Feet: where you go, they go, and they take a lot of physical abuse doing it. On an average day, your walking will put a force equivalent to hundreds of tons on your feet.
You can rejuvenate your tired toes using pedicure, and for this, you can visit a spa or do it right in your home. The good thing about pedicure is that it is not just your feet that will feel better, but your whole body as well.
Estimates by American Podiatric Medical Association (APMA) put the percentage of women who opt for at-home pedicures at 25%. A further 34% have used spa or salon pedicures. It does not matter how you get it done, the most important thing is to prioritize safety. Dr. Marlene Reid, a member of APMA, gives some pointers:
1. Soothe the soles, and while at it avoid a foot razor. Your feet will thank you for smoothing calluses on the heels, balls, and the sides of your feet by making you feel much better. While doing this, avoid using a razor, which may take away too much skin, and even cause permanent damage, not to mention breakages on the skin through which infections can enter the body. You should use a pumice stone, a foot scrub, or a foot file instead.
2. Dry your feet. After you are done soaking the feet and scrubbing them, rinse them off thoroughly and pat them with a towel until they are dry. Moisture, especially in easy to miss areas such as between the toes, can cause fungal infections such as athlete's foot.
3. Trim your toenails. Trim the toenails just above the top of each toe, and make sure you do so using a straight-edged razor. A curved razor can cause your toenails to get curved and rounded at the corners.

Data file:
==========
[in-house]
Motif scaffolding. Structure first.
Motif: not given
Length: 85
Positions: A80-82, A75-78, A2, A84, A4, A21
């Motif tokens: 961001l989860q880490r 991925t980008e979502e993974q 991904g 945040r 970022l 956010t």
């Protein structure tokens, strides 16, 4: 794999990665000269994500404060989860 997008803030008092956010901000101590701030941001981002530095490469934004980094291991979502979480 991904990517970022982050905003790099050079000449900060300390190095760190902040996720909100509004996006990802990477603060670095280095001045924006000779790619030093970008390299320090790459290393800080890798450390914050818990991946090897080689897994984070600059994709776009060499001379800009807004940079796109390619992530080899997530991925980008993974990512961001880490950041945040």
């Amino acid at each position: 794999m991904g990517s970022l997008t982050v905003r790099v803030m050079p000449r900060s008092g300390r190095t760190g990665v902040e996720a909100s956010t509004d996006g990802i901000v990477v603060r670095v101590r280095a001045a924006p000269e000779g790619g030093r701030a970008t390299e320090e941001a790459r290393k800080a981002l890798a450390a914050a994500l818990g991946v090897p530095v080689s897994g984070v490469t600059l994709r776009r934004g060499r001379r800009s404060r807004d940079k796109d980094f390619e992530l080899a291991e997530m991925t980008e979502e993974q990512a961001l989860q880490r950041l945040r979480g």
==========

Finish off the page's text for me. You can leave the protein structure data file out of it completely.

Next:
4. Clean under the nails. Some dirt gets trapped beneath the nails, and you should use a wooden or rubber manicure stick to get rid of it. The skin on this part of the toe is quite sensitive, which is why you should be gentle, and above all use something that is too sharp or could rupture the skin.
5. Shape your toenails. You should use an emery board to smooth out the toenails' edges. Also, make sure to file in a single direction rather than back and forth to avoid rounding the nails' corners.
6. Don't forget the cuticles. Use a hand cream or a cuticle cream to moisturize your cuticles. After this, push them back with a cuticle pusher or a manicure stick. Never cut off your cuticles, as they act as barriers to bacteria trying to get into your body.
7. Apply nail polish. Nail polish prevents the nail bed from 'breathing' in addition to locking out moisture. You should only paint the nails if they are health. Also ensure that you remove the polish once in a while using a nail polish that is free of acetone.